SEC sues Volkswagen and ex-chief Winterkorn over diesel scandal

SEC sues Volkswagen and ex-chief Winterkorn over diesel scandal

The US Securities and Exchange Commission has sued Volkswagen and its former chief executive Martin Winterkorn over the carmaker’s diesel emissions scandal that the regulator alleges defrauded US investors.

The SEC says Volkswagen issued more than $13bn in bonds and asset-backed securities between April 2014 and May 2015 in the US, despite senior executives at the time being aware that 500,000 vehicles in the country exceeded legal limits on vehicle emissions.

A Volkswagen spokesman called the case “unprecedented” and “legally and factually flawed”. The company did not miss any payments on the bonds at issue, the spokesman said, adding that no one involved in their issuance knew of the emissions issue.

The SEC’s complaint was filed in the District Court for the Northern District of California on Thursday.

“The complaint alleges that Volkswagen made false and misleading statements to investors and underwriters about vehicle quality, environmental compliance, and VW’s financial standing,” the SEC said.

“By concealing the emissions scheme, Volkswagen reaped hundreds of millions of dollars in benefit by issuing the securities at more attractive rates for the company, according to the complaint,” the agency said.


The amount paid by Volkswagen in 2017 as a criminal fine

The lawsuit follows Volkswagen’s guilty plea in a case brought by the US Department of Justice in January 2017, when it paid a $2.8bn criminal fine.

In its annual report, the German carmaker said the securities regulator was investigating bonds it had issued and whether it violated the law by failing to disclose the company’s cheating in connection with those bonds.

The US Environmental Protection Agency exposed the scandal in September 2015, a year after research from the International Council on Clean Transportation showed a wide discrepancy between emissions from on-road and laboratory use from certain diesel vehicles.

Volkswagen would later admit those discrepancies were a result of “defeat devices” installed in its cars to detect when they were being tested. They would then enter an illegal low-emissions mode to meet the standard. In real-world driving, car emissions were up to 40 times higher than the limit.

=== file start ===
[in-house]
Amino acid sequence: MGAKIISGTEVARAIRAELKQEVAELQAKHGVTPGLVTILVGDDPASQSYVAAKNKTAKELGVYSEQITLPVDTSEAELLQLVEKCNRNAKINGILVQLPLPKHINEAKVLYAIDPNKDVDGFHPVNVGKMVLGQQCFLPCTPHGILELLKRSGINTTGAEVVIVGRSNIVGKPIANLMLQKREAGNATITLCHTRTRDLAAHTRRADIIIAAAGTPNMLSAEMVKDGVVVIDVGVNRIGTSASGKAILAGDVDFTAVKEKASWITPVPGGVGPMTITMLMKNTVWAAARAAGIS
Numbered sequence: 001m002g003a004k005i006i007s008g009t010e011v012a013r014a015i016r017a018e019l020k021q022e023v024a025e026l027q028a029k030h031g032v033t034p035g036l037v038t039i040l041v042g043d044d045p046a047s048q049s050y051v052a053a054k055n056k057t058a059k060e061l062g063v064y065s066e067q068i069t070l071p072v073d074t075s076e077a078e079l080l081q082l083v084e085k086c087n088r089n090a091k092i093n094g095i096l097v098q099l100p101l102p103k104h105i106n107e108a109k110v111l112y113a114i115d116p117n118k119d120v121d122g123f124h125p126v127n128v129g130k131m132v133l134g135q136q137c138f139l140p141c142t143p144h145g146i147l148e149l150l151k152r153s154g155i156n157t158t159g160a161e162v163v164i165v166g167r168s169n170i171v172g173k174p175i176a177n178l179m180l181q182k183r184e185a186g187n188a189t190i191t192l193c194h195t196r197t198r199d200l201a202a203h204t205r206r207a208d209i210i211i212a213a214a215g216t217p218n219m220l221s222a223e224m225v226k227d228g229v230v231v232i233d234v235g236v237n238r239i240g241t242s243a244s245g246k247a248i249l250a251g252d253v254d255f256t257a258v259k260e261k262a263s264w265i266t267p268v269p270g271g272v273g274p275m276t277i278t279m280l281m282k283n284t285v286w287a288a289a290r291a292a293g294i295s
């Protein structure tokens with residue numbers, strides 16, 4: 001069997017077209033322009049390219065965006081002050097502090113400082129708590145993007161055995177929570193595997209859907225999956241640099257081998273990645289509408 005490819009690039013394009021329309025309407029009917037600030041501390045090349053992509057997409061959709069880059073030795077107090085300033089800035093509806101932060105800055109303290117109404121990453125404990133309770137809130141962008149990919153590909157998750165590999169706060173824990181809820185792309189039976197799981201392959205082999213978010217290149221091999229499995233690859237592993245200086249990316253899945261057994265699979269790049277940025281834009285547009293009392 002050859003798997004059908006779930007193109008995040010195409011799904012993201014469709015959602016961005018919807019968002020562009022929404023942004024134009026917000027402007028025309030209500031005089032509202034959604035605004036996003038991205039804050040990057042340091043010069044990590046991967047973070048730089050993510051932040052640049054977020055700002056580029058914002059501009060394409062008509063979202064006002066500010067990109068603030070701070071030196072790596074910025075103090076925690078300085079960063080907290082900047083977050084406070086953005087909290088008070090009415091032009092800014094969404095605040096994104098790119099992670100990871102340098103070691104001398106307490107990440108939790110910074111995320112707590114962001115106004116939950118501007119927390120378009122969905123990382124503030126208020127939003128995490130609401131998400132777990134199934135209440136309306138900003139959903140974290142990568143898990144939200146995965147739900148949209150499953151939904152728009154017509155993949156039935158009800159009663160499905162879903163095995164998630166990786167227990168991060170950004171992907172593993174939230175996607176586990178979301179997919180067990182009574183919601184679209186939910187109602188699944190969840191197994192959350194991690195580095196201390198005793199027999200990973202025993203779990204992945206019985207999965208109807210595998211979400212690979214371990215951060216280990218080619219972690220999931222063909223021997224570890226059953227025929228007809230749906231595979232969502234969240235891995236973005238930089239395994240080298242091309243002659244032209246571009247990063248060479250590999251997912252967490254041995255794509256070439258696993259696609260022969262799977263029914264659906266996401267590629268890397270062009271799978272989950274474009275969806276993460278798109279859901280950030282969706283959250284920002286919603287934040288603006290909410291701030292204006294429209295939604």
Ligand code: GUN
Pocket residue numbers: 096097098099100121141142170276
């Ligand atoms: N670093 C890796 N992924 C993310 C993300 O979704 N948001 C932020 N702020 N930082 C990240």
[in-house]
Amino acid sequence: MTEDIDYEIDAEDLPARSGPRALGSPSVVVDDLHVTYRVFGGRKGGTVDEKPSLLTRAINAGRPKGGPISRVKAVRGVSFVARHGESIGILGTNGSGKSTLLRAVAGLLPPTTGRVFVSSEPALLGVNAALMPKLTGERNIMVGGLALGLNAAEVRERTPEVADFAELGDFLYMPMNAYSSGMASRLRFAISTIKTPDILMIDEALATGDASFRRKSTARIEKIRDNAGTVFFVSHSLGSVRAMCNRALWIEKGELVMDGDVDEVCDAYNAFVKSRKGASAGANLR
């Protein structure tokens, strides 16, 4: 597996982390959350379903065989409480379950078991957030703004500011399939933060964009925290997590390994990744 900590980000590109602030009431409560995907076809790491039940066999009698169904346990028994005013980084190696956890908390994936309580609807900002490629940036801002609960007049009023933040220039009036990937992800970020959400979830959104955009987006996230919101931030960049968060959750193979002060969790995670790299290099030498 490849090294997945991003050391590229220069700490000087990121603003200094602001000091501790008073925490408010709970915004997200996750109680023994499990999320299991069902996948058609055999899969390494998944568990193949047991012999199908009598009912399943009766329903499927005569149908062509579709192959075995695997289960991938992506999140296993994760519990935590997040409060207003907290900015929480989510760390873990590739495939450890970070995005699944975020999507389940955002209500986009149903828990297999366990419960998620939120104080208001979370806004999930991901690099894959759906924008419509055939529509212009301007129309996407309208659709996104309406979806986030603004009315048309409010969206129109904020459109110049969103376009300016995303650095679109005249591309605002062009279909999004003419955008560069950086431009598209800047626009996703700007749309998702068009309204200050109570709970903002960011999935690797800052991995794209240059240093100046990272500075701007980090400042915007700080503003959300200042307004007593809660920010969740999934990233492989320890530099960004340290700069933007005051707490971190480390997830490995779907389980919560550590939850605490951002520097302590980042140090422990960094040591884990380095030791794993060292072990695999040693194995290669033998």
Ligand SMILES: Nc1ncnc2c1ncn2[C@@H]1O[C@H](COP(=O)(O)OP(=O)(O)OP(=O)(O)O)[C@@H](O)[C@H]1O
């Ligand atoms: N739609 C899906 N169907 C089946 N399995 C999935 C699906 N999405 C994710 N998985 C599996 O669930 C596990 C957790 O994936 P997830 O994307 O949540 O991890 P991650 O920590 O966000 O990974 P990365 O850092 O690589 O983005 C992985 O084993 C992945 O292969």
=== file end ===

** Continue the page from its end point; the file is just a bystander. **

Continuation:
After the ICCT study came out, the environmental group gave its findings to US regulators, who questioned Volkswagen about the results. Some employees engaged in a cover-up for more than a year, but the carmaker has maintained its board was unaware of the cheating or cover-up.

Last year, however, US prosecutors brought charges against Mr Winterkorn — who stepped down within a week of the scandal’s exposure — alleging that he was told of the emissions irregularities via email in May 2014. They also alleged that he later instructed VW employees to “mislead and deceive” regulators and offer fabricated reasons for the emissions discrepancies.

A VW spokesman said the SEC’s case repeated “unproven claims about Volkswagen’s former CEO, who played no part in the [bond] sales”.

In Germany, 3,600 shareholders are seeking €9bn in damages from Volkswagen for allegedly failing to inform them earlier about the scandal. After the EPA issued its notice of violation in September 2015, VW’s stock value nearly halved.

Volkswagen has long maintained that its top executives were blindsided by the EPA notice. In an account for a German court last year, Volkswagen called the EPA’s implied threat of a €19bn fine “a total shock” and “a fundamental paradigm shift in the administrative and penalisation practises of the US authorities”.

At the time, Volkswagen had estimated damage of the scandal at just $150m.

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